Republican senator: Israel made a mistake signing security deal

Republican Senator Lindsey Graham argues Israel could have gotten a better security aid package had it waited until after Obama left office.

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Elad Benari, Canada,

Lindsey Graham
Lindsey Graham
Reuters

Republican Senator Lindsey Graham (R-SC), who oversees the U.S. foreign aid budget, opined on Friday that Israel made a mistake by signing a new $38 billion security agreement with the Obama administration, The Associated Press reported.

Graham said Israeli Prime Minister Binyamin Netanyahu could have gotten a better deal if he had waited until President Barack Obama left office.

He stated that there is ample support in Congress among Republicans and Democrats for providing Israel with more military aid. And a new U.S. president, either Hillary Clinton or Donald Trump, would be more generous too, he said on a conference call arranged by the Jewish Institute for National Security Affairs.

"They left money on the table," Graham said of Israel, according to AP.

The security agreement, which begins in the 2019 budget year, is set to last 10 years and amounts to $3.8 billion annually. The current deal expires in 2018 and gave Israel $3.1 billion in military assistance each year.

Graham, who chairs a Senate Appropriations subcommittee, said Congress isn't a party to the agreement and shouldn't be bound by the deal, adding that he intended to test in the coming weeks a provision that restricts lawmakers from providing for more money than the deal mandates by pushing for a supplemental budget that would give Israel an additional $1.5 billion over what the administration has proposed.

The Obama administration is trying to "neuter" Congress but undercutting its ability to appropriate money, according to Graham.

"I will not stand for that," he stressed in the comments quoted by AP.

Graham’s comments follow reports earlier this week that he was responsible for the delay in signing the memorandum of understanding (MOU) concerning the security aid to Israel, due to the fact that he believed Israel deserved more funding.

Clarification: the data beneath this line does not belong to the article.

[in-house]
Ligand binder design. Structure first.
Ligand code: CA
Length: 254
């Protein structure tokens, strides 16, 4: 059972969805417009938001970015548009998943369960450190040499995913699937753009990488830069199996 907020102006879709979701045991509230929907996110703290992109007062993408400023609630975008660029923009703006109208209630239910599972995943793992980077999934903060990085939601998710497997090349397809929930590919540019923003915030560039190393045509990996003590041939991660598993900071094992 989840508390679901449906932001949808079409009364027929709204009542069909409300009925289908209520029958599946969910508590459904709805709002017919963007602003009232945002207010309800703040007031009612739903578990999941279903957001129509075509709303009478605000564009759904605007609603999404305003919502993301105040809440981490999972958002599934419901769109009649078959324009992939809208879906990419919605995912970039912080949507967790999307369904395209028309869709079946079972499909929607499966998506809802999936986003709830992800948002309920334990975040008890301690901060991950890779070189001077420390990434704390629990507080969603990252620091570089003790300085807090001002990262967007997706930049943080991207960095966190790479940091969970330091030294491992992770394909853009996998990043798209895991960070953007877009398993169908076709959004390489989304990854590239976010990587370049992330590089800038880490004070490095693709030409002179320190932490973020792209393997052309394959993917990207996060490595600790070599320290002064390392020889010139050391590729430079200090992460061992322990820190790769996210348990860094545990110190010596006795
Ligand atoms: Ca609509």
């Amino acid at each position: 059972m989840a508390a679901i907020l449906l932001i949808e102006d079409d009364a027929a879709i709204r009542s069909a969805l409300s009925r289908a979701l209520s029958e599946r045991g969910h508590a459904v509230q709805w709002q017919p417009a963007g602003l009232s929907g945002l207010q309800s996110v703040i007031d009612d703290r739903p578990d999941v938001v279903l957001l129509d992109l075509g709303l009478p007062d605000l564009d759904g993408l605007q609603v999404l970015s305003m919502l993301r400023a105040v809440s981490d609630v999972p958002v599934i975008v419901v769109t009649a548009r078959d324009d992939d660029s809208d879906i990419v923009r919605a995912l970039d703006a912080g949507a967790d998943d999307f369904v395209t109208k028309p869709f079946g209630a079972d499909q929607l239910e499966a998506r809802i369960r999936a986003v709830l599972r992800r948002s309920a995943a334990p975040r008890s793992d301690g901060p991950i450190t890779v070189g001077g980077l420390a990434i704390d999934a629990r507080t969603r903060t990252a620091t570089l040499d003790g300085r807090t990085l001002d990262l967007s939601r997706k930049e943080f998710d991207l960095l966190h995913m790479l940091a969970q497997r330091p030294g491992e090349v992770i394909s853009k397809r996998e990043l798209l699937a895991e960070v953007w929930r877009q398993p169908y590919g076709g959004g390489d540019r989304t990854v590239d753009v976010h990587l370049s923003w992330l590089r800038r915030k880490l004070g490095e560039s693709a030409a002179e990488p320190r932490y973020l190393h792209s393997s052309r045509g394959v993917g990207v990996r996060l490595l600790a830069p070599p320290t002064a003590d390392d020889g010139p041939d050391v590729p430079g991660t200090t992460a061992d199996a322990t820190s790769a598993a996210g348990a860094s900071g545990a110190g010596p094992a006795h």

Graham has been a staunch supporter of Israel and last year promised to respond with a “violent pushback” if the United Nations attempts to force a resolution to the conflict with the Palestinian Authority on Israel.

Meanwhile, Sen. Bob Corker (R-TN), the chairman of the Senate Foreign Relations Committee, seemed to side with Graham on his comments with regards to the MOU.

Corker said in a statement Wednesday that the agreement "sends an important signal about our long-term commitment to Israel," but the amount of money "is ultimately up to Congress to decide."

Graham said lawmakers this year wanted to give Israel $600 million for missile defense — $100 million more than the agreement proposes to provide in 2019 when the threats Israel is facing from Iran and extremists groups are expected to be even more pronounced. Graham said he also pushed for a $300 million hike in the foreign military financing account.

Iran will view the new agreement as a "watering down" of the U.S. commitment to Israel, said Graham, according to AP.

(Arutz Sheva’s North American desk is keeping you updated until the start of Shabbat in New York. The time posted automatically on all Arutz Sheva articles, however, is Israeli time.)